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Music & Concerts
Tom Rush returns to Tarpon Springs
Article published on Monday, Dec. 23, 2013
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Photo courtesy of SKYLINE MUSIC
Tom Rush performs Jan. 10 at the Tarpon Springs Performing Arts Center.
TARPON SPRINGS – He is described as the man with the golden ear, the soothing voice, the amenable guitar and the craftsman’s pen. With his unique song styling, Tom Rush ushered in the singer-songwriter era.

The iconic American folk and blues singer, songwriter, musician and recording artist returns to the Tampa Bay area, performing one show Friday, Jan. 10, 8 p.m., at the Tarpon Springs Performing Arts Center, 324 Pine St., Tarpon Springs.

Tickets are $35 for adults and $33 for students and Tarpon Springs Cultural Treasures members. Call 942-5605 or visit tarponarts.org.

Rush – a gifted musician and performer – brings to the stage his distinctive guitar style, his wry humor and his warm, expressive voice. Those traits have made him both a legend and a lure to audiences around the world. His shows are both a musical celebration and a journey into the tradition and spectrum of what music has been, can be, and will become. Concert-goers can expect the rib-aching laughter of terrific storytelling, the sweet melancholy of ballads and the passion of gritty blues.

Rush has been touring steadily for decades, bringing that unmistakable voice and those superlative songs to devoted audiences across the country. In the 1960s, he helped shape the folk revival. Rush was virtually the first to record songs by then-unknowns such as Joni Mitchell, Jackson Browne and James Taylor.

Rush released a series of early albums including “Tom Rush at the Unicorn” (1962), “Got a Mind to Ramble” (1963), “Blues, Songs & Ballads” (1963) and “Tom Rush” (1965).

Emerging from the early ’60s Boston/Cambridge folk scene as a folk-blues singer and guitarist, Rush helped link folk to rock with his 1966 Elektra album, “Take a Little Walk with Me,” which included a side of electric cover versions of songs by Bo Diddley, Buddy Holly and Chuck Berry, as well as his own first self-penned song, “On the Road Again,” a blues-rocker number that may have surprised some of his earlier followers who knew him primarily as a folk artist.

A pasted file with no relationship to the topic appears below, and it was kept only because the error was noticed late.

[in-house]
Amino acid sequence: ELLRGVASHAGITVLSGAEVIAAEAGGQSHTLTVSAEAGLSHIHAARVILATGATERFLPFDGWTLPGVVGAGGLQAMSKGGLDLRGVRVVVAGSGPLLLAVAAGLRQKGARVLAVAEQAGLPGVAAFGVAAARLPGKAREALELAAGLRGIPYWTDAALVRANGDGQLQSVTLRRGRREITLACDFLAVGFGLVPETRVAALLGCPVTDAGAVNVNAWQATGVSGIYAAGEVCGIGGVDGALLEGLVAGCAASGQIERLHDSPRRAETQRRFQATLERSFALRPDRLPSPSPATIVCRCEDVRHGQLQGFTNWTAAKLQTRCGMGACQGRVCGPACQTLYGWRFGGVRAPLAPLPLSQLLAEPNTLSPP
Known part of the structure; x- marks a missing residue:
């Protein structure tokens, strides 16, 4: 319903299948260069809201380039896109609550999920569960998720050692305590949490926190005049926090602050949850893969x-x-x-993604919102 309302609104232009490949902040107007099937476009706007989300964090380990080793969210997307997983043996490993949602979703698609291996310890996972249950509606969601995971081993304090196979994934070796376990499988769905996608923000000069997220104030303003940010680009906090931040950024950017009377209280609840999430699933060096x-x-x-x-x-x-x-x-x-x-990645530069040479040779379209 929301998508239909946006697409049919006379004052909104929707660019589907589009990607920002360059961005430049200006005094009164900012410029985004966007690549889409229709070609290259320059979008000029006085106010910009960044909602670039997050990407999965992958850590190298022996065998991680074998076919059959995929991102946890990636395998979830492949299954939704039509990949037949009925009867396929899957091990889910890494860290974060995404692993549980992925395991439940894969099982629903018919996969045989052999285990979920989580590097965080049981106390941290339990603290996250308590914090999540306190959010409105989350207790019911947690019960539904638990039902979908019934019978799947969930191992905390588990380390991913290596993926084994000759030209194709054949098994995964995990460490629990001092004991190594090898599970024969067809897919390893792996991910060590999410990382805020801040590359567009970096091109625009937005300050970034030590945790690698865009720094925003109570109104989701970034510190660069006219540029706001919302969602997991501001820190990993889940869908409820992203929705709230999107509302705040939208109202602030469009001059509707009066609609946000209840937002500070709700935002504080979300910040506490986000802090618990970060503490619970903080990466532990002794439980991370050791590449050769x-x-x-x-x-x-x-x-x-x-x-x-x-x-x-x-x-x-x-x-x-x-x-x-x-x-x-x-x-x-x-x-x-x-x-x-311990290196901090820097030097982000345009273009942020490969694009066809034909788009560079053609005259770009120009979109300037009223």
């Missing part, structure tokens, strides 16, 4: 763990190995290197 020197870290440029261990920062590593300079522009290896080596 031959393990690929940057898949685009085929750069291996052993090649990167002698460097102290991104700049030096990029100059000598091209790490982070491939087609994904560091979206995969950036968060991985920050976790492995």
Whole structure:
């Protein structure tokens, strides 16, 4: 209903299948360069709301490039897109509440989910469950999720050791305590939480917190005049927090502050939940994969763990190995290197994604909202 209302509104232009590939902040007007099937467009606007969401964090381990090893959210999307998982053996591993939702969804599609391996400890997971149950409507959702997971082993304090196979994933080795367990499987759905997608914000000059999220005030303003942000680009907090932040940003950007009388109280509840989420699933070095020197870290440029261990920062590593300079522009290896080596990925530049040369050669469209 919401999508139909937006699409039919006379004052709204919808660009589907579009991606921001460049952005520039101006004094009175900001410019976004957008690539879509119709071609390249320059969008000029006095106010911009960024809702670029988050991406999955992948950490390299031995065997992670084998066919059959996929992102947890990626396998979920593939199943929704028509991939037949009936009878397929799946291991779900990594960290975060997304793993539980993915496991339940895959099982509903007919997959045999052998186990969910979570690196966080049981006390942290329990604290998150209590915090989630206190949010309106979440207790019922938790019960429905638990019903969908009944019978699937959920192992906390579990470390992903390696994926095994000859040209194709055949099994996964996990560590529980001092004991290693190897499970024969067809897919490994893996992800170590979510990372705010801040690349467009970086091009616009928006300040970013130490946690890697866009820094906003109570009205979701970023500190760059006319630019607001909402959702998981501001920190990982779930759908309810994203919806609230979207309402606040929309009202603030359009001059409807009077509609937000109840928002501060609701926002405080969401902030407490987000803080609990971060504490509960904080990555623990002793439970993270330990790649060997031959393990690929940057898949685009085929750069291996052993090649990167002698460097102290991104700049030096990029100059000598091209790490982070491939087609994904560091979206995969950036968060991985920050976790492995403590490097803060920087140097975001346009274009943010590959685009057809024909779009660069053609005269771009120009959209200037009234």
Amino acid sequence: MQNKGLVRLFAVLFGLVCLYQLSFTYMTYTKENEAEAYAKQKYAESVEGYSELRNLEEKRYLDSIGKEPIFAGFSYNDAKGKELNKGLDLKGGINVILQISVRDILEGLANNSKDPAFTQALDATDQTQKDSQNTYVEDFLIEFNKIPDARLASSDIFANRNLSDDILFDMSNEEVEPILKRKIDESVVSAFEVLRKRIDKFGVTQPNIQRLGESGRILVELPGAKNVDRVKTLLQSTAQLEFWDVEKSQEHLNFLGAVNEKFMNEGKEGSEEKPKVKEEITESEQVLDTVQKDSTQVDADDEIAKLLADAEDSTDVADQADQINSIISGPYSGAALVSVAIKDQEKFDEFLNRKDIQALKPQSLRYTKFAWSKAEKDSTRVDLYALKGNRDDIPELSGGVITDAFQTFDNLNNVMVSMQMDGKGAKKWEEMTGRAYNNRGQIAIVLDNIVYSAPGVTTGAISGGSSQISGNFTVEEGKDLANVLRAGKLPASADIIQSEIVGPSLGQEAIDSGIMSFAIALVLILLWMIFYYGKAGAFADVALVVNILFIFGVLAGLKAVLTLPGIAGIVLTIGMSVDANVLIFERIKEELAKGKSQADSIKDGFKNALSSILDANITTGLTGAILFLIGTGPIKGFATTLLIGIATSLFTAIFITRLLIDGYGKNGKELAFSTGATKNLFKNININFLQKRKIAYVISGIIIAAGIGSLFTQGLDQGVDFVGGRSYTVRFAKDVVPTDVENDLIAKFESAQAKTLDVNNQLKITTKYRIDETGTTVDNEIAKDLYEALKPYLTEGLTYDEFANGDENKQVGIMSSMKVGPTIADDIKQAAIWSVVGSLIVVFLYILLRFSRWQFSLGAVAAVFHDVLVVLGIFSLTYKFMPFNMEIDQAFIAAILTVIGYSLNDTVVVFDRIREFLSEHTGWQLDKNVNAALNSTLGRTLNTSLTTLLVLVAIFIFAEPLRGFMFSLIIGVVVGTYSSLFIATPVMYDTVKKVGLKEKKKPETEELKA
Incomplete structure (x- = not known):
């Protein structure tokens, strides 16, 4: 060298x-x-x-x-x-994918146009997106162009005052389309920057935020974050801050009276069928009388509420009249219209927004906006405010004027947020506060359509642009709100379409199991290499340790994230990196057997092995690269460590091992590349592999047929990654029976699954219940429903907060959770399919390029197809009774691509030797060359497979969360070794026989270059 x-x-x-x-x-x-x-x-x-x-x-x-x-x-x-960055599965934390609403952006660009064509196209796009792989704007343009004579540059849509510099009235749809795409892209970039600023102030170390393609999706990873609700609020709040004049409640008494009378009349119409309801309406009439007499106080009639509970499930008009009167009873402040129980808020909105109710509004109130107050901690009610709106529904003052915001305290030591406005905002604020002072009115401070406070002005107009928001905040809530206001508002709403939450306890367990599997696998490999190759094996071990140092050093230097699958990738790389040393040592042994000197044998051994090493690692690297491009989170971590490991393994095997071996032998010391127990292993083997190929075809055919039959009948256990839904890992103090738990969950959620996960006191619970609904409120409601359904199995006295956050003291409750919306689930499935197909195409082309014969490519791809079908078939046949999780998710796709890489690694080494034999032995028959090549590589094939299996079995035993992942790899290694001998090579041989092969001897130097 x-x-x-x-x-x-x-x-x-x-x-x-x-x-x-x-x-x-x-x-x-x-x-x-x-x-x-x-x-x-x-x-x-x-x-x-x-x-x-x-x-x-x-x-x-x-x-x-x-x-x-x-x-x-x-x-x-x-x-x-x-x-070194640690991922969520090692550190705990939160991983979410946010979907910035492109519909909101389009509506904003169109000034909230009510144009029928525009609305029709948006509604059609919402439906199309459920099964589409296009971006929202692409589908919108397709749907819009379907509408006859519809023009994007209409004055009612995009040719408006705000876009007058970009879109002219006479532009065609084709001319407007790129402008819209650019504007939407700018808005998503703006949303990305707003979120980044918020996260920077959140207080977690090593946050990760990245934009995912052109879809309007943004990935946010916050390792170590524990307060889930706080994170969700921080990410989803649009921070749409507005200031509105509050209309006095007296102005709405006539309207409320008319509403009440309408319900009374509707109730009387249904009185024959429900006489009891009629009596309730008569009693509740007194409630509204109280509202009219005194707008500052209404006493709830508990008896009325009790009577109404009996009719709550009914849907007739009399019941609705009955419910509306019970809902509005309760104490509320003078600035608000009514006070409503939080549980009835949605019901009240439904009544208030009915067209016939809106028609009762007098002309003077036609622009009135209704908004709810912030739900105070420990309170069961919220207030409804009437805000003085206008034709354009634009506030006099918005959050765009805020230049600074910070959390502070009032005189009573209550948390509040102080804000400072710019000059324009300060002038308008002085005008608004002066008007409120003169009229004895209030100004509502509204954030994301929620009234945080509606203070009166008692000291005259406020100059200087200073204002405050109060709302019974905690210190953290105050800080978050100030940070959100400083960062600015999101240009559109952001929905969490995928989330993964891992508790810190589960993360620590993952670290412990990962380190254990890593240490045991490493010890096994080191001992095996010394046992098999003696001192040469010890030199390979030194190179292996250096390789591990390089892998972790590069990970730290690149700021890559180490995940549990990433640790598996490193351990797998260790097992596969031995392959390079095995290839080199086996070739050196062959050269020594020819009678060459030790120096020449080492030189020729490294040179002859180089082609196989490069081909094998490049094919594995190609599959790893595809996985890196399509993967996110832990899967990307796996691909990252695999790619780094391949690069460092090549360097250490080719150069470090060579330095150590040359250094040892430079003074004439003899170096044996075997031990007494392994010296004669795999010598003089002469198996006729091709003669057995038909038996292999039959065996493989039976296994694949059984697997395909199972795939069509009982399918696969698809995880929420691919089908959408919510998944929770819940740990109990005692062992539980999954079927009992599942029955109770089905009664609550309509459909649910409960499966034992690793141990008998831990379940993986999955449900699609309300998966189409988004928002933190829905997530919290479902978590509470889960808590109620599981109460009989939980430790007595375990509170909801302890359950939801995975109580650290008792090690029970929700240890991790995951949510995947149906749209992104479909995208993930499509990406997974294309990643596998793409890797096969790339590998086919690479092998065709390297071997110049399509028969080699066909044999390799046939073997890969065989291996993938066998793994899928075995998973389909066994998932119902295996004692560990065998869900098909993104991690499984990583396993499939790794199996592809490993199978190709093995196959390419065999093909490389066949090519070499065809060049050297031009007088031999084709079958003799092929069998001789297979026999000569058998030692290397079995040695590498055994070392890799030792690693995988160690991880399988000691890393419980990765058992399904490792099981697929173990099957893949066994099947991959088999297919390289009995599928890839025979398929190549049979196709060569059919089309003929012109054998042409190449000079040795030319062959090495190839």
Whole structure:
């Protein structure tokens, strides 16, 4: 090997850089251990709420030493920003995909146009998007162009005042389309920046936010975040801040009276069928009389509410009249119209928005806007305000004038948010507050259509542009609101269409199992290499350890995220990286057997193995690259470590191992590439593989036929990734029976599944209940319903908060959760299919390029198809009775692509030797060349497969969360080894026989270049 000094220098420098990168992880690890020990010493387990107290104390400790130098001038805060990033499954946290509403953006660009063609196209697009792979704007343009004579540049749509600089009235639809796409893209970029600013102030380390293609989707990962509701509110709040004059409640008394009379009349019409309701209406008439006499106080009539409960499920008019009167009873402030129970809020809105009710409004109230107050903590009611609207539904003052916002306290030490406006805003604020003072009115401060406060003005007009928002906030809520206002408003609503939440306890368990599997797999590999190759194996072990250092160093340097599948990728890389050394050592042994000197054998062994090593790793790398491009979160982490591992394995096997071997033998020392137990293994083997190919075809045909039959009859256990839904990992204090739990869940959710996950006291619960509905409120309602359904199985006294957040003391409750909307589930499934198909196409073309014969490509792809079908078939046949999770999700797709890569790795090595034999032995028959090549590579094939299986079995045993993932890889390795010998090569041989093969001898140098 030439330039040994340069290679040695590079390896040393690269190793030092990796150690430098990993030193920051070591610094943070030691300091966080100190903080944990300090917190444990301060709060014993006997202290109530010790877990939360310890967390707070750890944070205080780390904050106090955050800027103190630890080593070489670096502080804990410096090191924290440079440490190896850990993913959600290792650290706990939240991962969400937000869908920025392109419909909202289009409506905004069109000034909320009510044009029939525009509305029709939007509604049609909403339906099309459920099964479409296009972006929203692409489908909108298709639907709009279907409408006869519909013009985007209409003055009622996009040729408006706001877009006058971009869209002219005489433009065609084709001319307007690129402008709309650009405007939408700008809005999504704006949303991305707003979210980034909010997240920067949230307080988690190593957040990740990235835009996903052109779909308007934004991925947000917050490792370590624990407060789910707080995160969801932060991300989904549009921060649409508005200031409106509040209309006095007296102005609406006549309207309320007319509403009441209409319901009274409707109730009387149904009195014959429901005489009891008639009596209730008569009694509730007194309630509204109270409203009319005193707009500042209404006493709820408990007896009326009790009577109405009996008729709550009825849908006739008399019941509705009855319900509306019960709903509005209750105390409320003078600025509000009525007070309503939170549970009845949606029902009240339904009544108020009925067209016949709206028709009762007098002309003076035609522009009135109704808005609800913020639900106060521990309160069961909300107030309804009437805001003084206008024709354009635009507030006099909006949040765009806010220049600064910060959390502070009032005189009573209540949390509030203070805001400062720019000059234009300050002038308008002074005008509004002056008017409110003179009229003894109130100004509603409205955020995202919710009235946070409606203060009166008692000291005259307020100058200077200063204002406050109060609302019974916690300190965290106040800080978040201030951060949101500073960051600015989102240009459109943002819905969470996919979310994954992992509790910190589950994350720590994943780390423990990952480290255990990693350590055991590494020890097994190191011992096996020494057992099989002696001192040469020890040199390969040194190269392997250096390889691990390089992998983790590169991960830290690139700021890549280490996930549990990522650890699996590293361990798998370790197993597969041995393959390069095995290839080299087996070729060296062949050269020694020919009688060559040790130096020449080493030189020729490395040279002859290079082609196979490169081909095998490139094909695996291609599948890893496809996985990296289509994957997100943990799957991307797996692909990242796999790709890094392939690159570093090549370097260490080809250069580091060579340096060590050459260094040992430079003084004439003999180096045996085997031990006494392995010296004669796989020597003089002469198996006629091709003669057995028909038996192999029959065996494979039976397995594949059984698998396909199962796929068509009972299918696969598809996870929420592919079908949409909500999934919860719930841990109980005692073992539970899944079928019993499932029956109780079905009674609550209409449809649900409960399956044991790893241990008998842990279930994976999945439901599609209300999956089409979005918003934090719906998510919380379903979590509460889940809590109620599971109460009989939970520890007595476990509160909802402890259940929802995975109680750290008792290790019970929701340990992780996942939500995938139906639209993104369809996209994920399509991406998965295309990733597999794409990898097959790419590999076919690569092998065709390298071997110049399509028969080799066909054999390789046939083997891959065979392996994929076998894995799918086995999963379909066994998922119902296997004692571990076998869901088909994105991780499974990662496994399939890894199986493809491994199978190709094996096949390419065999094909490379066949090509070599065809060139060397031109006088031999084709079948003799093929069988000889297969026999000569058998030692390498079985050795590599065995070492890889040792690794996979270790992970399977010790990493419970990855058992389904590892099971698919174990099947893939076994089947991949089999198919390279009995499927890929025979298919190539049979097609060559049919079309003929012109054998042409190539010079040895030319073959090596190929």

"Folk is an umbrella that covers an awful lot of disparate audiences," Rush said in the liner notes for “Take a Little Walk with Me.” “It goes all the way from Celtic to Delta blues to Cajun.”

Rush said that the audiences he had attracted in Cambridge were basically interested in traditional music: Appalachian ballads, bluegrass and Woody Guthrie tunes.

"There were a few exceptions, and I think I might have been one of them,” he said in the liner notes. “… I would slip in a Bo Diddley tune. I was more of a generalist. I graded the song list, and I'd take a tune from here and a tune from there, and mix 'em up. So my audience wasn't really coming to me for purity. They were coming to me for, I think, good songs done in an enthusiastic way. And diversity."

Rush’s proclivity for musical diversity likely helped him bridge the gap from folk to rock almost effortlessly.

His next album, 1968’s “The Circle Game,” was singled out by Rolling Stone Magazine as the record that ushered in the singer-songwriter era with its debut of songs by Mitchell, Browne and Taylor before they had released any albums themselves. The album also featured what has become Rush’s best-known song, “No Regrets.”